In the beginning of the chapter, we read about Jesus feeding the 5000 in a miraculous way. The people genuinely experience a mighty work of God before their very eyes, but Jesus calls out a heart issue starting in verse 26. “Truly, truly, I say to you, you are seeking me, not because you saw signs, but because you ate your fill of loaves.” Wow! It blows me away that He sees their motivation for seeking Him instantly. This verse alone is enough for me to wrestle with for a very long time. Jesus sees right away that these people aren’t necessarily interested in laying down everything to follow Him, but they’re just hungry. To these people, He’s the man that gave them lunch and not much more. Let’s be real, how often do we seek Jesus when it’s convenient, or when we think He’ll “bestow many blessings upon us”? It’s not wrong to approach Jesus in those times, in fact, I’d encourage that. The problem is, if that’s all we bring and if we find our satisfaction elsewhere, then I’m not convinced you and I are being the best disciples we can be and we ignore what He says next. “Do not labor for food that perishes, but for the food that endures to eternal life, which the Son of Man will give to you. For on him God the Father has set his seal” (John 6:27).
So what is the major point I’m trying to drive home? I’m certainly not telling you what to eat for dinner tonight, though pizza sounds phenomenal. It’s simply that we only find true satisfaction in Jesus. That sounds like an easy concept to grasp. I’ll be the first to admit that it really is not so simple. We often think, “If I have this and this and I get my act together with him or her, then I’ll finally have that extra space to place Christ.” That’s wrong and I can explain. The reason that stuff should never take priority over Jesus is due to the fact that all of it has an expiration date, and it will never live up to who He is. In the matters of time and quality, nothing else compares to the glory of who God is, so why waste our time and energy on other things? Don’t waste your life seeking fame, money, or a spouse with all of your energy. Those things have the potential to be good even and can be used to advance God’s Kingdom, but when they become our all, we’re not really experiencing true satisfaction. Focus upon the Bread of Life, not the food that perishes.
To Him be the glory,
I was reading Ephesians the other night and I came across a passage in the middle of the letter that I’ve encountered quite a few times recently. “Now to him who is able to do immeasurably more than all that we ask or think, according to the power at work within us, to him be glory in the church and in Christ Jesus throughout all generations, forever and ever. Amen” (Ephesians 3:20-21). There’s two biggies that stood out to me- “able” and “immeasurably more.” Quite frankly, I was a little bothered. Not steering off-road, and not distracted; but I was bothered. I think this is my disease, and possibly the disease a lot of us face. You know I mean? I don’t know about you, but when I hear “immeasurably more,” I get a little heated. Yeah sure, it might happen for some other person, but really? In my life? In my congregation? I’m not sure “immeasurably more” is something we have seen. Sometimes, it really feels like life is mundane; the same routine each waking moment. Going to the same job and the same class make “purpose” appear to be absent from our lives. If you feel this way, I get it. “Immeasurably more” does not seem to apply to my life or yours when excitement and adventure has seemingly abandoned us.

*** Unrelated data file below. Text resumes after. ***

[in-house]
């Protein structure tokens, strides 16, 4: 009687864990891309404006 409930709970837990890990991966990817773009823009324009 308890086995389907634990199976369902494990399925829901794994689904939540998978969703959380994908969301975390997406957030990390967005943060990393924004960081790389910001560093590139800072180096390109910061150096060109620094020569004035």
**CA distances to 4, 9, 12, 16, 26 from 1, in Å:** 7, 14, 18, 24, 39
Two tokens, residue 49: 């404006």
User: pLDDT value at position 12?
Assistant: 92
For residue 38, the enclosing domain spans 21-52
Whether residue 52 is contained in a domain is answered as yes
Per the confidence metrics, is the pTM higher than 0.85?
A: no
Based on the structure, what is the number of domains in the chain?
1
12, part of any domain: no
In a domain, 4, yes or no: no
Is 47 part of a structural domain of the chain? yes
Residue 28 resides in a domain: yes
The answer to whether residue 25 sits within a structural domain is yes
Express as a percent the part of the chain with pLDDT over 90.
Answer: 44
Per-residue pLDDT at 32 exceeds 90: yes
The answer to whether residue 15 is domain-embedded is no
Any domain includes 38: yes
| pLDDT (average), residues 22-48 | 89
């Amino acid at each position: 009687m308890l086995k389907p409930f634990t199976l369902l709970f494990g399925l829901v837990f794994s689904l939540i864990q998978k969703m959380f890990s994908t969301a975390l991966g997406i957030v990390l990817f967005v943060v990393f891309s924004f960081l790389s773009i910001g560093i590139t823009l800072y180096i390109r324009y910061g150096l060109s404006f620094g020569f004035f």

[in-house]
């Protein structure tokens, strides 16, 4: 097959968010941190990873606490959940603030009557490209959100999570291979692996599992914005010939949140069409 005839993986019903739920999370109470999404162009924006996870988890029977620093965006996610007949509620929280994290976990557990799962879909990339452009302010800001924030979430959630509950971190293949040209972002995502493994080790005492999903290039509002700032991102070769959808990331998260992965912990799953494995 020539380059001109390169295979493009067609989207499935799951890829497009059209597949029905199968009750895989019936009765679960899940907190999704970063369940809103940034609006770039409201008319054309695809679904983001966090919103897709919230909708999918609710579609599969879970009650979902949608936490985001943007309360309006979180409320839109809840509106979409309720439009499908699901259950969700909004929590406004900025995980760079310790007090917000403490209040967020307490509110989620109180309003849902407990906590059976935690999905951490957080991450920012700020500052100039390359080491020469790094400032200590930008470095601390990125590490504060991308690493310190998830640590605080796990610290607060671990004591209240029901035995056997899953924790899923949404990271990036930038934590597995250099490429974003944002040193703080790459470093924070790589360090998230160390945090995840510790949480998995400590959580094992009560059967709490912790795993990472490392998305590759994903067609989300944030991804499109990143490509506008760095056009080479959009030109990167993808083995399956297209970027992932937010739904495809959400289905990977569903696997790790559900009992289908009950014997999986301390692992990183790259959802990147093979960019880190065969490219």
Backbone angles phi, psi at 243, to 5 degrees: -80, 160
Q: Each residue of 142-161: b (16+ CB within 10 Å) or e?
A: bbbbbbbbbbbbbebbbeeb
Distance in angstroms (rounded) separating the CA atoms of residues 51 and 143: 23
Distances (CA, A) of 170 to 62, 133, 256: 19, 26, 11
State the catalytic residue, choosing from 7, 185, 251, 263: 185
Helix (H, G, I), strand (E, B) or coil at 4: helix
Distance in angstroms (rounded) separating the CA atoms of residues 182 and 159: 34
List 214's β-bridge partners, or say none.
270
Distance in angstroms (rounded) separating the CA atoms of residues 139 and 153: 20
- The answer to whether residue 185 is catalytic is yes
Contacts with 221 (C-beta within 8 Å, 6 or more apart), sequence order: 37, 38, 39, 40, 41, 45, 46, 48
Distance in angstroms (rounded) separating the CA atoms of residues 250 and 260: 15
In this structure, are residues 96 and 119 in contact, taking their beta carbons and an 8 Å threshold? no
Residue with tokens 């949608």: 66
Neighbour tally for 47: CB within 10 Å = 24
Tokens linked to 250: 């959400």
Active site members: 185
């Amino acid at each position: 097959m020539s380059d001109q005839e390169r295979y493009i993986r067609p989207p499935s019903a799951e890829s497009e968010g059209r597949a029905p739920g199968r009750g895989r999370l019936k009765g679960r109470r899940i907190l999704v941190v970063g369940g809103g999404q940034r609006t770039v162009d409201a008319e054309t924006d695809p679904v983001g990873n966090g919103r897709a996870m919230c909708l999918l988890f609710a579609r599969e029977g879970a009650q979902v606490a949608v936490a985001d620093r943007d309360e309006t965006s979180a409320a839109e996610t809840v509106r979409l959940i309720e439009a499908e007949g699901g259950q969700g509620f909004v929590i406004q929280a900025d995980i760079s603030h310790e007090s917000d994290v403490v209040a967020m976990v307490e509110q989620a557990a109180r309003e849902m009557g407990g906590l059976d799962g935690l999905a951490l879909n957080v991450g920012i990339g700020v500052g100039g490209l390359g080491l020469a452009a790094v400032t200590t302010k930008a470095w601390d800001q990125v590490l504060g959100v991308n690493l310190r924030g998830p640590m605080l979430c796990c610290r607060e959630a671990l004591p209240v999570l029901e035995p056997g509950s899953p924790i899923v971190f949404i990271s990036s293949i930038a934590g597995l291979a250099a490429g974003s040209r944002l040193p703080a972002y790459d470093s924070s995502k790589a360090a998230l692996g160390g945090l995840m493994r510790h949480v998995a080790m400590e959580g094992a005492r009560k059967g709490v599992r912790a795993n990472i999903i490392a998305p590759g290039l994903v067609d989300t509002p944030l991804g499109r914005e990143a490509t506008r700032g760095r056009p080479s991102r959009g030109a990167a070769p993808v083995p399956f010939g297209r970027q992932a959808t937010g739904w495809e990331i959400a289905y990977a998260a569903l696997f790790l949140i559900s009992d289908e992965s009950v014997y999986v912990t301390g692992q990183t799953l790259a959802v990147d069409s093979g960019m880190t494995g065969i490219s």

Yet I won’t end there. I simply can’t settle for that conclusion. That a verse in the Bible somehow seems irrelevant or out of reach. Do you want to know why I can’t settle for that? Because it’s a lot more than ink on a page. It’s truth. How do I know it’s truth? Well, I’ve seen it, I’ve experienced it, and I still do to this day. Yeah, I was bothered by that verse because I have days where “immeasurably more” feels impossible. However, just because I qualify, based on my emotions or what I see, “immeasurably more,” that does not make it false. It’s Christ that is doing immeasurably more than I can imagine or I can ask and not me. Job found God to be his comfort in a heap of ashes, after he had lost everything. That sure sounds like a lot more than I could imagine. God made a great nation from Abraham’s descendants. That sure sounds like a lot more than I could think to ask. But you don’t want to just hear about these guys. If you’re like me, you want to know what “immeasurably more” means right now. It means that in the present, we as followers of Jesus are living as “new creation” (2 Cor. 5:17). The old has passed away, and the new has come. What that really means, is that we can finally experience the true joy of being in God’s presence. Not only in this moment, but forever. Jesus overcame the world through suffering, dying and rising again. We too get to experience rising again. Now that, is “immeasurably more” than anything my mind can truly embrace. Whether life appears mundane or filled with adventure, God is doing a lot more in us than we can possibly imagine. Rest in that truth, and let it propel you to advance His Kingdom.
Much love and God bless!